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2 hours ago, Benihana said:

I watched some videos and it's quite boring compared to sumo or any other martial art. Two guys starting the bout already locked up in the same inside-outside grip every single time. Dosukoi dancing is more exciting than most ssireum bouts i've seen. There are better ways to waste time. Watching cricket just to name one.

I feel the same about Mongolian wrestling. I'm sure there is much to appreciate about the techniques, but as a spectator sport it doesn't grab the attention in the way that sumo does, with it short bursts of speed, power and varied fighting styles. Never underestimate the value of diversity in sport.

Edited by Eikokurai

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2 hours ago, Yamanashi said:

Please, Mods, fix the spelling in the thread title.

 

33 minutes ago, Naganoyama said:

And do it soon-o.

Better the original poster edit it.

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2 hours ago, Otokonoyama said:

 

Better the original poster edit it.

I sent the original poster a message about it.  In the meantime, I found a hilarious Korean wrestling video on Youtube.  It's title, believe it or not, is "Korean Wrestling Final ...  Idol Star Championships!"  It is from 2016 and has almost 8 MILLION views!! lol  Lots of very handsome pop-star-looking boys with bleached and dyed hair.  And the audience!!!  Such screaming!  Reminds me of when the Beatles first came to the US!   Here it is ..... 

 

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Here's one more.  It shows a lot of the bouts in slow motion so you can really see what they're doing.  In this championship, the wrestlers are fighting on top of a LOT of sand! lol  There are plenty more videos like this one. 

 

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On 02/12/2019 at 23:58, Eikokurai said:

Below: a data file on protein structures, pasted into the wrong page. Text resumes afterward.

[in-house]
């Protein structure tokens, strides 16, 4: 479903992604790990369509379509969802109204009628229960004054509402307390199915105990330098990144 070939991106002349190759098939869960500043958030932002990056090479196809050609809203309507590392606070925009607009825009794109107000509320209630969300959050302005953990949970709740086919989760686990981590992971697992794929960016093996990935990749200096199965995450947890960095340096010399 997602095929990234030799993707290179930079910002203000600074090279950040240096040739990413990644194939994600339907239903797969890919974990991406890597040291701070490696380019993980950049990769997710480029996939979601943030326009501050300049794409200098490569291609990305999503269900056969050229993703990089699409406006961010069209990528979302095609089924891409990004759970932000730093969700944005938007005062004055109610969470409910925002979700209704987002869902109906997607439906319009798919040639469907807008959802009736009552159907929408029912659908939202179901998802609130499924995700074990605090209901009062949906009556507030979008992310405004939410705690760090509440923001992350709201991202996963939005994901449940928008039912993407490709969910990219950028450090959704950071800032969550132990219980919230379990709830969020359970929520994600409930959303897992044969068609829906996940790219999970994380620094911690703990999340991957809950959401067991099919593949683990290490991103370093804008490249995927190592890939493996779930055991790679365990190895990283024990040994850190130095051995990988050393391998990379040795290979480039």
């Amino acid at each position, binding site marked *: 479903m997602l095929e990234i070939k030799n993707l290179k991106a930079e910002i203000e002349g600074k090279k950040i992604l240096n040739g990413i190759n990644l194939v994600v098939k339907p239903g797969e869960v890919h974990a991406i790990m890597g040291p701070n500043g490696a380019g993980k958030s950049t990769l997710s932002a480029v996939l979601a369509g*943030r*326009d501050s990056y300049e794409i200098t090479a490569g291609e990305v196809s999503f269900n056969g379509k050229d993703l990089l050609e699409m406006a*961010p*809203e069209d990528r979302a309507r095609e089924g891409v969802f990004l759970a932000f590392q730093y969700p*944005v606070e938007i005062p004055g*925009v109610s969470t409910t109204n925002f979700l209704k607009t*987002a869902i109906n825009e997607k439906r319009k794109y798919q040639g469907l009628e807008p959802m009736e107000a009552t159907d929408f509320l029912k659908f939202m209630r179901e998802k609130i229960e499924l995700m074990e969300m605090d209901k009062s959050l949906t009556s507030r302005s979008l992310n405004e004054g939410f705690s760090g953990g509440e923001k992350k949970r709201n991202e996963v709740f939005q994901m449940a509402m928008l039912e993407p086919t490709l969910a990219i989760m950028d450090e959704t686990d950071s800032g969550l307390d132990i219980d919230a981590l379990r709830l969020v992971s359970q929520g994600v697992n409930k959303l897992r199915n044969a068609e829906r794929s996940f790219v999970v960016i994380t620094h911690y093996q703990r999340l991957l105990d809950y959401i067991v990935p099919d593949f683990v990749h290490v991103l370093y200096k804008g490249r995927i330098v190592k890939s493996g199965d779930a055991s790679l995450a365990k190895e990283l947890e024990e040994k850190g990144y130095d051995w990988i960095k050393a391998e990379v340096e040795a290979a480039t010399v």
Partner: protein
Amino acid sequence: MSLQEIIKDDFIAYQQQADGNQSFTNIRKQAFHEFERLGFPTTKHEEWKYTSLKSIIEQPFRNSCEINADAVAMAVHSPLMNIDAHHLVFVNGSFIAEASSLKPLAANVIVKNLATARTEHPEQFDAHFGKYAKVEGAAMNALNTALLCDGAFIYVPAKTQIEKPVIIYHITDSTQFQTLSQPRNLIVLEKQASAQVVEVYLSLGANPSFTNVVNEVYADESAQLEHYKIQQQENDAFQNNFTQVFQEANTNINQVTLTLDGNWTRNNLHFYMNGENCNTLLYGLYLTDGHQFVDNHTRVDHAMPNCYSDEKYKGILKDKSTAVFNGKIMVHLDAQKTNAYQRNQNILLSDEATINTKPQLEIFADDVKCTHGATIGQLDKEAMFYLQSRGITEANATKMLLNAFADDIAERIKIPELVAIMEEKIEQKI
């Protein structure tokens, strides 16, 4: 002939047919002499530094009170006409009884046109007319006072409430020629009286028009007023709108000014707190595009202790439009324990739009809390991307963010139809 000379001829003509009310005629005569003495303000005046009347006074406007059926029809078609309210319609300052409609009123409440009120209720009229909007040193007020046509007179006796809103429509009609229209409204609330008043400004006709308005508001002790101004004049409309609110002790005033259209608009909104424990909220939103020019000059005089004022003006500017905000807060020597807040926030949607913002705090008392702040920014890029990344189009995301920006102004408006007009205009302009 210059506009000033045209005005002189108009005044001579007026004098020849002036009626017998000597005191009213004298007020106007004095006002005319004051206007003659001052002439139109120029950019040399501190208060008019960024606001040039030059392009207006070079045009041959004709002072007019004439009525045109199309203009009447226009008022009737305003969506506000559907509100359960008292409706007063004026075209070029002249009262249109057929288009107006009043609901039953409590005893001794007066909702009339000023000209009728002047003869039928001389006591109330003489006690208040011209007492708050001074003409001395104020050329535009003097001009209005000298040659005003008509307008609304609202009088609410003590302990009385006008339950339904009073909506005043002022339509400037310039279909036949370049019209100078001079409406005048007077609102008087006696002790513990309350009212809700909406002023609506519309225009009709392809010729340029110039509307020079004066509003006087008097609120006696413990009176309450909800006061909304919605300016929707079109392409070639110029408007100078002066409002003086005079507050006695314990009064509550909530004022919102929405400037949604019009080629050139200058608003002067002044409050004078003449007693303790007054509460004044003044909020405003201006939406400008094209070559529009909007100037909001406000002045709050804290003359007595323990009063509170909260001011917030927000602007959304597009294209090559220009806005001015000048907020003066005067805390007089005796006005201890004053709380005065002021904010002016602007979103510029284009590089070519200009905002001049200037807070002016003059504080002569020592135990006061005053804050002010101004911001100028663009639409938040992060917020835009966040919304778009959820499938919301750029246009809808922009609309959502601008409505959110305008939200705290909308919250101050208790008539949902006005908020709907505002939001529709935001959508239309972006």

That used to be the case but for the past decade or more boxing hasn’t had a major heavyweight star able to compete for attention with the Mayweathers and Pacquiaos. MMA too seems to give more attention to the leaner fighters like McGregor. At least, it seems that way to me as a casual observer of the sports, not a true fan.

I meant more the weight classes as a whole, certainly for boxing. Guys like Mayweather and Pacquiao may be bigger attractions than any individual heavyweights, but I've never got the impression that they've been able to make their entire respective divisions transcend heavyweight in public attention. Is anybody pining for the next big welterweight star?

(Also, I had more than just combat sports in mind, e.g. weight lifting, strongman contests, etc..)

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21 minutes ago, Asashosakari said:

I meant more the weight classes as a whole, certainly for boxing. Guys like Mayweather and Pacquiao may be bigger attractions than any individual heavyweights, but I've never got the impression that they've been able to make their entire respective divisions transcend heavyweight in public attention. Is anybody pining for the next big welterweight star?

(Also, I had more than just combat sports in mind, e.g. weight lifting, strongman contests, etc..)

I see your point, yes. Heavyweight is generally the Formula 1 of boxing divisions, so to speak. It’s just going through something of a lean spell (joke unintended, but I’m keeping it) in terms of stars like Tyson used to be. That’s not to say there aren’t any, but they’re not putting boxing on the back pages like in the past.